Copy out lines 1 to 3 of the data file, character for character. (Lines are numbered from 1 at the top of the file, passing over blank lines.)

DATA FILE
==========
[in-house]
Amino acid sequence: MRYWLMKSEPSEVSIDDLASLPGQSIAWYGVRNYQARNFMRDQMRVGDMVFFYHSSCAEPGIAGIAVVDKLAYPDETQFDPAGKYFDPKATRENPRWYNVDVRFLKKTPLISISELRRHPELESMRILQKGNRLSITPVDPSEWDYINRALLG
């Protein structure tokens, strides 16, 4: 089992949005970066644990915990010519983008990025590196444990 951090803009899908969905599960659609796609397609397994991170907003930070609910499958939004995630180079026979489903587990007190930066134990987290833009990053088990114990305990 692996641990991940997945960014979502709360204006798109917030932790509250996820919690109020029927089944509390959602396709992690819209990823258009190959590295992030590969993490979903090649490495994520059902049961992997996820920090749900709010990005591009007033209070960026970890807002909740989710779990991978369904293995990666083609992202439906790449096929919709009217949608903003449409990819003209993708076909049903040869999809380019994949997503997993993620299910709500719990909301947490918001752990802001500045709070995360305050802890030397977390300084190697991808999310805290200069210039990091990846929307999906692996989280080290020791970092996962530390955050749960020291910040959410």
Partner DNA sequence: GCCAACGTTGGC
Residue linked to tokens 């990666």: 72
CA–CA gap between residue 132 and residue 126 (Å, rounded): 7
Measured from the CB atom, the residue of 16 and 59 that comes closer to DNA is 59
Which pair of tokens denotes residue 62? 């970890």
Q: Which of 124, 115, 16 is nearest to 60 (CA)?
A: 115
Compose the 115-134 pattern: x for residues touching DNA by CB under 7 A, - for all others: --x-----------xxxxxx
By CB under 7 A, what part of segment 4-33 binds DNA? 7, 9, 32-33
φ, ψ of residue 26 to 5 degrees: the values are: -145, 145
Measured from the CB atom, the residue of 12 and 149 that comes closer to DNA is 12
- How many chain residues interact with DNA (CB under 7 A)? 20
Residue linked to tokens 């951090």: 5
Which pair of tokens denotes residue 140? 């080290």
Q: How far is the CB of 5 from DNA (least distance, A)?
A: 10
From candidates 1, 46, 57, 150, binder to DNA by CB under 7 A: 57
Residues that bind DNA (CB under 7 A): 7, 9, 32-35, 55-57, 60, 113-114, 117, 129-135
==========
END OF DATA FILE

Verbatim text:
[in-house]
Amino acid sequence: MRYWLMKSEPSEVSIDDLASLPGQSIAWYGVRNYQARNFMRDQMRVGDMVFFYHSSCAEPGIAGIAVVDKLAYPDETQFDPAGKYFDPKATRENPRWYNVDVRFLKKTPLISISELRRHPELESMRILQKGNRLSITPVDPSEWDYINRALLG
């Protein structure tokens, strides 16, 4: 089992949005970066644990915990010519983008990025590196444990 951090803009899908969905599960659609796609397609397994991170907003930070609910499958939004995630180079026979489903587990007190930066134990987290833009990053088990114990305990 692996641990991940997945960014979502709360204006798109917030932790509250996820919690109020029927089944509390959602396709992690819209990823258009190959590295992030590969993490979903090649490495994520059902049961992997996820920090749900709010990005591009007033209070960026970890807002909740989710779990991978369904293995990666083609992202439906790449096929919709009217949608903003449409990819003209993708076909049903040869999809380019994949997503997993993620299910709500719990909301947490918001752990802001500045709070995360305050802890030397977390300084190697991808999310805290200069210039990091990846929307999906692996989280080290020791970092996962530390955050749960020291910040959410």